Plants play an important role in the lifecycle of the malaria vector mosquitoes throughout the world but this relationship is not very well understood. Mosquitoes dependent on plants to provide breeding habitats, to provide nectar food sources, and shaded resting sites during the day when mosquitoes are not active. The goal of this research is to improve our understanding of plant-mosquito interactions by providing information of which plants malaria vector mosquitoes depend upon and identifying vegetation characteristics that may help us to develop better models of mosquito distributions. These models will allow for better risk detection of the spread of malaria.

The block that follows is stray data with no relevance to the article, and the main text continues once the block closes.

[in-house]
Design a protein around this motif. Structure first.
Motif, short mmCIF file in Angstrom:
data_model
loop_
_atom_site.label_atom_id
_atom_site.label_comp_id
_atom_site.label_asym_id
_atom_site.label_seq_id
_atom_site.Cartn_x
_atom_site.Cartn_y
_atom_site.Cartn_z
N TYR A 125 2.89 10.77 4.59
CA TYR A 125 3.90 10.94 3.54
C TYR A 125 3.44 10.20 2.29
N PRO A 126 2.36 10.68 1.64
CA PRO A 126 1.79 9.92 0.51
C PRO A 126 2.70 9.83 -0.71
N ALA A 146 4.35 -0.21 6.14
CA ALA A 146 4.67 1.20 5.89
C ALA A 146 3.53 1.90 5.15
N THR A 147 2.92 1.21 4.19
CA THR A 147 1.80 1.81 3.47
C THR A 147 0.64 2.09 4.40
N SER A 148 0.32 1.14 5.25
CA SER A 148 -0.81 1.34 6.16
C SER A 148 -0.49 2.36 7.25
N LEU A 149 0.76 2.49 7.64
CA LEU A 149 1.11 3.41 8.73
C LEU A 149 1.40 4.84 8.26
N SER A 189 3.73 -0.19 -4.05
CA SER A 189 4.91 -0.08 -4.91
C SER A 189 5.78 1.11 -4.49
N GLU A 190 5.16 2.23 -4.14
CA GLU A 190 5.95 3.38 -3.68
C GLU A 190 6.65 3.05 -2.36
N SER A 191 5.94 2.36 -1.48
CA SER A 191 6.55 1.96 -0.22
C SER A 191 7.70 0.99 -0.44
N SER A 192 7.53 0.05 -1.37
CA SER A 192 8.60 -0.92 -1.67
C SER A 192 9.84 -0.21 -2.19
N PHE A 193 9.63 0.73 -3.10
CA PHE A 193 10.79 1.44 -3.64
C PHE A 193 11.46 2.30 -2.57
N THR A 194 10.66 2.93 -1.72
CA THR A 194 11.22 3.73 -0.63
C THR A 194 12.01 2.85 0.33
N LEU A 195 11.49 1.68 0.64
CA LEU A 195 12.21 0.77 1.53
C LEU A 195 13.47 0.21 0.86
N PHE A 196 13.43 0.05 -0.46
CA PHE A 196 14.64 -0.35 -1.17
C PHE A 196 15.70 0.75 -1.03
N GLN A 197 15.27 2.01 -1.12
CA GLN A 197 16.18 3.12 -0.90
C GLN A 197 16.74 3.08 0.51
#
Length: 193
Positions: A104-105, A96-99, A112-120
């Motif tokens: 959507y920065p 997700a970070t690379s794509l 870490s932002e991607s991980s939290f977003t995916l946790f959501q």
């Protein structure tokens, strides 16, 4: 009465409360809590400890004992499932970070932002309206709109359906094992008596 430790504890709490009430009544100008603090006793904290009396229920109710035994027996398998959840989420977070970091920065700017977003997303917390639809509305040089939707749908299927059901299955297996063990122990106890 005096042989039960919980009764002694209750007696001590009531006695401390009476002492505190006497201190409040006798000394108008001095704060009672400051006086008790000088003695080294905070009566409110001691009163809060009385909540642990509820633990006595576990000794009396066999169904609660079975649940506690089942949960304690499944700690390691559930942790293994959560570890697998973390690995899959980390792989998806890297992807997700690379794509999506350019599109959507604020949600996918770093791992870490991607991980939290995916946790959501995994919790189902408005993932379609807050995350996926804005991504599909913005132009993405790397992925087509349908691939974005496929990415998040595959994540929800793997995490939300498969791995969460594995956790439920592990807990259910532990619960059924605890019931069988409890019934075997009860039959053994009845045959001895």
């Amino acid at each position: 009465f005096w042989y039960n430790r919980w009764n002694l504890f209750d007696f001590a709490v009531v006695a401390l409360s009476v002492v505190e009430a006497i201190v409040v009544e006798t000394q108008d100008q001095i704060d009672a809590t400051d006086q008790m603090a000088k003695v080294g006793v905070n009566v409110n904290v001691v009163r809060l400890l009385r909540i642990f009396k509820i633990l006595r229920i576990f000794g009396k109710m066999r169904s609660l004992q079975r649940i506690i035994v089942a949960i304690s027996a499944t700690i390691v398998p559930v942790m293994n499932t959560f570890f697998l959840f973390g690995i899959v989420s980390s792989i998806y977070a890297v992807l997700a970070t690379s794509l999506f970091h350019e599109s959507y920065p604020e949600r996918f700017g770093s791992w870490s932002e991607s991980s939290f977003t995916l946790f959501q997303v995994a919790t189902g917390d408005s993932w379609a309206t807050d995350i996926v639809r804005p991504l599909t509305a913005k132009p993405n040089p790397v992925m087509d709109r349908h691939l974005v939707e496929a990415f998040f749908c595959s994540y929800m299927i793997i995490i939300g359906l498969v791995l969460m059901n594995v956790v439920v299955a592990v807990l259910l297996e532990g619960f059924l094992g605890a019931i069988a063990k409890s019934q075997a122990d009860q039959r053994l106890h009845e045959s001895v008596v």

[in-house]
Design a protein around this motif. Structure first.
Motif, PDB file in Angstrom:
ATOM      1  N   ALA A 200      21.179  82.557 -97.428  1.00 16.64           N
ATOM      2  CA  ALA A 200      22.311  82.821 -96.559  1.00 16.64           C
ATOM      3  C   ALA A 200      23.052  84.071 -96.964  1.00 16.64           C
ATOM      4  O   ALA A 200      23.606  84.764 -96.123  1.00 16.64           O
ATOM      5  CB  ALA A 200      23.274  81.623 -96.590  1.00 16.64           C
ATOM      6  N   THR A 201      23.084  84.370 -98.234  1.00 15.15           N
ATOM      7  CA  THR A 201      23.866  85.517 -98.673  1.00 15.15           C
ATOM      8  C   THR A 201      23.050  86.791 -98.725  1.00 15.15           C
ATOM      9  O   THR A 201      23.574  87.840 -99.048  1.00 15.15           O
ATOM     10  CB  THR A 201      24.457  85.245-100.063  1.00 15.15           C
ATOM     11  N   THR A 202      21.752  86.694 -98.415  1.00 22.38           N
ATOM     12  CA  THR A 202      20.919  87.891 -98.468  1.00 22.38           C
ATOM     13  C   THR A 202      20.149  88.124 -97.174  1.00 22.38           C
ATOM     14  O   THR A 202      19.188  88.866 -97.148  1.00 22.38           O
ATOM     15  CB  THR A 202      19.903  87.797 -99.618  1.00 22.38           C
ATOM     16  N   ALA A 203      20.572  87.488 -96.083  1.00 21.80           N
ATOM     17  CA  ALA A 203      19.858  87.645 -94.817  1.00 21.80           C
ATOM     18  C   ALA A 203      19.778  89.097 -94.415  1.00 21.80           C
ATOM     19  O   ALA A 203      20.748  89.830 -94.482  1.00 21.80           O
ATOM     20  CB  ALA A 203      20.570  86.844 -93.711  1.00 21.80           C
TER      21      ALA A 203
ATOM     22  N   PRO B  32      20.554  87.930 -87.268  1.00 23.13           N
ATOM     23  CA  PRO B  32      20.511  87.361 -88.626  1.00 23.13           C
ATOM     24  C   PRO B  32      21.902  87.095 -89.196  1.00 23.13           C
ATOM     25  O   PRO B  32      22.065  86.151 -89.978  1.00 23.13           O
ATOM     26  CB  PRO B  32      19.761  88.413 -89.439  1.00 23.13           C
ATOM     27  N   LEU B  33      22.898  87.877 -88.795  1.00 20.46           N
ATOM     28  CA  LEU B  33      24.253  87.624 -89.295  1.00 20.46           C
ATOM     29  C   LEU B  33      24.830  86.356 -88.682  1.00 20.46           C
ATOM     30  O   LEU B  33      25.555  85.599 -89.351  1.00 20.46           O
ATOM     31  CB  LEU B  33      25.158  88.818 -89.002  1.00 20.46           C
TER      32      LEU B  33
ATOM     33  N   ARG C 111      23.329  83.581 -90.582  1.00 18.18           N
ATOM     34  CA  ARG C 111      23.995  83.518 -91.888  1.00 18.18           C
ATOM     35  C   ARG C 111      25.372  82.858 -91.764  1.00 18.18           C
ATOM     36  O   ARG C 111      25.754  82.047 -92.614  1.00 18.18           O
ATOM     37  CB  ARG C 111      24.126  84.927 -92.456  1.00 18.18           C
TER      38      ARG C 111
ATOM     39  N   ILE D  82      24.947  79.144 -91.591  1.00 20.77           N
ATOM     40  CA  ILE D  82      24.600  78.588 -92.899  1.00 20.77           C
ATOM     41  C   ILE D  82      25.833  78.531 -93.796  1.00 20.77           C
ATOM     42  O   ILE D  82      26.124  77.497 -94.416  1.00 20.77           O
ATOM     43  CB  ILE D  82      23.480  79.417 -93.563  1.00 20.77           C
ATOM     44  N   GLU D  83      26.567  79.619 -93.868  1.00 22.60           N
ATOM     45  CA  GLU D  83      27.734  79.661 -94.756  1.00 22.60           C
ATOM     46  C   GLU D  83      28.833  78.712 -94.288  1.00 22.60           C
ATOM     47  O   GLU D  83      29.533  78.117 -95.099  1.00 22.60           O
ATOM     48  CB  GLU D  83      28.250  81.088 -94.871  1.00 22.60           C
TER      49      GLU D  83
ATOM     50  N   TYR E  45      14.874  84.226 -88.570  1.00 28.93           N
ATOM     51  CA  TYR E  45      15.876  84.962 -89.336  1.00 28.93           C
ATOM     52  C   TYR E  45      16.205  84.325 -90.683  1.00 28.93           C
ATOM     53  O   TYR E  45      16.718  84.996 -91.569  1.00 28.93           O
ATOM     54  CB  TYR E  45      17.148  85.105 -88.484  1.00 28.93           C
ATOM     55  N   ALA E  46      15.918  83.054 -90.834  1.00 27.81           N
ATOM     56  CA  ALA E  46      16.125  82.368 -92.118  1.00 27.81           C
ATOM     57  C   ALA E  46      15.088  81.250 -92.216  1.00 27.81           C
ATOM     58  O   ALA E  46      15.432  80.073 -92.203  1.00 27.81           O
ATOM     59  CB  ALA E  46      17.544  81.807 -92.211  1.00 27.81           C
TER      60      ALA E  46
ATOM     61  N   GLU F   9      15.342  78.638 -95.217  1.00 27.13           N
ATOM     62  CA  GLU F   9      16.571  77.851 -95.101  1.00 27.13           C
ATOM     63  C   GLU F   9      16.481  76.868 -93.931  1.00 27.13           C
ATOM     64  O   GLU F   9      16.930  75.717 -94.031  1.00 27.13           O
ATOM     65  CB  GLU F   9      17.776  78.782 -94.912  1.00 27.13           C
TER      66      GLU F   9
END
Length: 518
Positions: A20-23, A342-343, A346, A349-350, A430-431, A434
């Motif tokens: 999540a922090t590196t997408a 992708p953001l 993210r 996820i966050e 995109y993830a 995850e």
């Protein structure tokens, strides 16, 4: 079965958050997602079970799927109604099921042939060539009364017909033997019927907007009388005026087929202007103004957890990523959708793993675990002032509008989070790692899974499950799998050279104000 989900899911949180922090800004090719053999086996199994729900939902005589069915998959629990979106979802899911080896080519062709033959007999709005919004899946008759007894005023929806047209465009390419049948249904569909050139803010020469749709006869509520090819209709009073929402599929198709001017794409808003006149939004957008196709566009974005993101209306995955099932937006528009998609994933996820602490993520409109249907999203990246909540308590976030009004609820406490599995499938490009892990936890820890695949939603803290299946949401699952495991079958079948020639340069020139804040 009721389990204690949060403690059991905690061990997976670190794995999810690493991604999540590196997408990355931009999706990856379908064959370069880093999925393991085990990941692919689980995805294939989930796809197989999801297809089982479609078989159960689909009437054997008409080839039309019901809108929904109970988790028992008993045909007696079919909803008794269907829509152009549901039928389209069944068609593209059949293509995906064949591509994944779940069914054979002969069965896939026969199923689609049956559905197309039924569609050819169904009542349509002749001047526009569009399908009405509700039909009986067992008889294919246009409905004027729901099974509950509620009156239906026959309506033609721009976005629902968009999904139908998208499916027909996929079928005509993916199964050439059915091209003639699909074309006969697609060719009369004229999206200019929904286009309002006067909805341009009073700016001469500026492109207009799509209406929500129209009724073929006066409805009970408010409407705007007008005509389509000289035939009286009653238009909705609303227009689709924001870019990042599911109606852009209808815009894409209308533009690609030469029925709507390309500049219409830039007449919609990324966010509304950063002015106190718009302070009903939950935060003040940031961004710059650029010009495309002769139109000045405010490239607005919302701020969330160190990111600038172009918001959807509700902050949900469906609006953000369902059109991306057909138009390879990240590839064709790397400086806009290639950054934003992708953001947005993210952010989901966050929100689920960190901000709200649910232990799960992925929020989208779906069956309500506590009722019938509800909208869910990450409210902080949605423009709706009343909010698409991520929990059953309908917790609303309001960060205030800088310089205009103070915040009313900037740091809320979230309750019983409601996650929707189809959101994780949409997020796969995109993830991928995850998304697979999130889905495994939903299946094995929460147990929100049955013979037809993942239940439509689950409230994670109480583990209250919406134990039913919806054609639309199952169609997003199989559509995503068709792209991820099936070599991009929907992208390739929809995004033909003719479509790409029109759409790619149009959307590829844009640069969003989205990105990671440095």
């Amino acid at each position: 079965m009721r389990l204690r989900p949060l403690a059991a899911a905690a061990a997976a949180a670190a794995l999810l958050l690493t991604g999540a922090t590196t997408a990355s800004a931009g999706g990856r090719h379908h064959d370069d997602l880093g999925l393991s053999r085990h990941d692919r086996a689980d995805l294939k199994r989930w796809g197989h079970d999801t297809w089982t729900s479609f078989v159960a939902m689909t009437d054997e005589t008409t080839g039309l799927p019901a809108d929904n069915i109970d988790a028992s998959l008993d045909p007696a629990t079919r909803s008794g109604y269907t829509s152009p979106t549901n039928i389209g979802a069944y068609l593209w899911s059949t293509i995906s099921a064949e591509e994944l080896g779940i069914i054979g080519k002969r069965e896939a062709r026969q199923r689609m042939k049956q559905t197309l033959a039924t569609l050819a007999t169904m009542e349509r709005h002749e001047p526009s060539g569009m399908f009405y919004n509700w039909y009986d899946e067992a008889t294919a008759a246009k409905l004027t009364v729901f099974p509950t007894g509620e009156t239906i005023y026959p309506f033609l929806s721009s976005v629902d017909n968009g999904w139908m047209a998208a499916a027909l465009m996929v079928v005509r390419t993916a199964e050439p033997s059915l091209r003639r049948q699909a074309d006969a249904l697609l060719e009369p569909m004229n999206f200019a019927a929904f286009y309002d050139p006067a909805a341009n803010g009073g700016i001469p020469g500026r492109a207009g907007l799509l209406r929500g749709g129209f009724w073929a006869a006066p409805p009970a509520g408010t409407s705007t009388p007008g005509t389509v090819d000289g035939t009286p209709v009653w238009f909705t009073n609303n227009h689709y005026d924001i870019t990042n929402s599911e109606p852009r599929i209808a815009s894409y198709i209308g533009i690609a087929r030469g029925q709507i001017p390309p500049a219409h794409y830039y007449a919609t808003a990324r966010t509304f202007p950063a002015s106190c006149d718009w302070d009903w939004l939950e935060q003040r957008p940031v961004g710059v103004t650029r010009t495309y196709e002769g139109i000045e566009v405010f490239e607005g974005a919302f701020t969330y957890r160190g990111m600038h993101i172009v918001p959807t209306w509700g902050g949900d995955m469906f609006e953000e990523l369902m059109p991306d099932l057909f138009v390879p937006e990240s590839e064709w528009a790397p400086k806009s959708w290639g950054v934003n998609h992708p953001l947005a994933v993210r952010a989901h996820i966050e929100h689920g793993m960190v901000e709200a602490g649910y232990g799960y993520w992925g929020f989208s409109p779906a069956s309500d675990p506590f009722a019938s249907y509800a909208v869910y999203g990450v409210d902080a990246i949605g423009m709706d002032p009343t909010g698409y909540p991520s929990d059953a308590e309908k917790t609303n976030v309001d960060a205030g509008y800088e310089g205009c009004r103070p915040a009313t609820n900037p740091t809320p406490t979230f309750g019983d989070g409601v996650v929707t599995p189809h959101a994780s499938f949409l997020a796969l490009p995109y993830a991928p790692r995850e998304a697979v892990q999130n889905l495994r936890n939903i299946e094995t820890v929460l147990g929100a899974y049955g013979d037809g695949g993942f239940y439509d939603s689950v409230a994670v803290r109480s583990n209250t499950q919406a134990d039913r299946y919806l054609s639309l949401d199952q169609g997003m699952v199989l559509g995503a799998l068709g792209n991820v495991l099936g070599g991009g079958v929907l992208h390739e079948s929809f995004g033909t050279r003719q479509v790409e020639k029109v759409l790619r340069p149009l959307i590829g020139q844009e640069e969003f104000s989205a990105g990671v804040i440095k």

The Royal Botanic Gardens Kew have extensive collections of plants specimens from tropical areas around the world. These collections will provide information on the extent and distribution of plant species that the malaria vector mosquito species depend upon for survival. As well as serving as indicators for the presence of mosquitoes these plants will potentially assist in better resource allocation for managing vector mosquitoes.
Through satellite image analysis, we will also be able to determine key parameters of the vegetation, such as structure, above-ground biomass and primary productivity, within the vector mosquito’s habitat. Using high resolution satellite imagery (such as Landsat), we will be able to map these vegetation parameters across broad-scales (regionally or globally). Satellite imagery is being collected and made available days after collection allowing for faster mapping that can provide near real-time mapping and modelling of vector species distribution.